Scientifically, the Orca is known as
the Orcinus orca. Although the name
Killer Whale suggests the opposite, they are not whales. Orcas are a part of
the Delphinidae Family; they are a species of dolphin. These mammals are
carnivores, known for hunting in groups of approximately forty called pods
which are often noted as similar to wolf hunting packs. They eat seals,
seabirds, fish, and even whales. They have more than forty teeth, each about
ten centimeters long to eat their prey. Orcas are the largest in the dolphin
family and can grow anywhere from twenty-three to thirty-two feet long as well
as weight up to six tons. They can be found in various locations throughout the
Earth from the arctic to equator, despite most media representation depicting
them in the wild to live in only arctic waters.

            Orcas are also considered quite
intelligent, which is one reason why they are often trained in captivity to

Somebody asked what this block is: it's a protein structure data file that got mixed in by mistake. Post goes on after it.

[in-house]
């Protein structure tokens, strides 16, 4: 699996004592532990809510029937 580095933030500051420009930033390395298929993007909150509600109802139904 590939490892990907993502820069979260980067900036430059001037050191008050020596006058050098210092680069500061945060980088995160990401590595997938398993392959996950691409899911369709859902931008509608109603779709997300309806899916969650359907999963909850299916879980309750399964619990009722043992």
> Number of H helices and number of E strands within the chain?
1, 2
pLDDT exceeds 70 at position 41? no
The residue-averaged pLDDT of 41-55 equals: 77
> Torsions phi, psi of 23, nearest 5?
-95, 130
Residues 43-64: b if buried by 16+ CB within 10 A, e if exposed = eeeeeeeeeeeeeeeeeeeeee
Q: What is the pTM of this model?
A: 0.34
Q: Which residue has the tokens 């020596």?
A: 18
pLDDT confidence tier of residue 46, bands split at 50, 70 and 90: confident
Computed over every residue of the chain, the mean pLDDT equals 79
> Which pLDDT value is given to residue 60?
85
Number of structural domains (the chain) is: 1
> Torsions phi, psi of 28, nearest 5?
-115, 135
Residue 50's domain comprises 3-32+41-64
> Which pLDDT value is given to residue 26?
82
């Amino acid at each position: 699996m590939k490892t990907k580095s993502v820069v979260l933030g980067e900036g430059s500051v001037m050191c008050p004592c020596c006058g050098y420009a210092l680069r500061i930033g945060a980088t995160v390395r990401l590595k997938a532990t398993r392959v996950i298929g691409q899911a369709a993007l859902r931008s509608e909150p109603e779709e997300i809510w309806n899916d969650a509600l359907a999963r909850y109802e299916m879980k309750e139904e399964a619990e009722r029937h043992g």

perform tricks. They have the largest brains out of all dolphins, weighing between
five and six kilograms. The Orca also has the ability to communicate with other
members of its species through echolocation, similar to Beluga Whales who use
this skill to find food and other members of its species. These pods also seem
to contain members of an extended family, and they have a matriarchal system,
as the female Orcas are known to protect their offspring as well as other
members of their pod. Female Orcas have offspring every three to five years and
go through seventeen-month pregnancies (Britannica
and National Geographic). 

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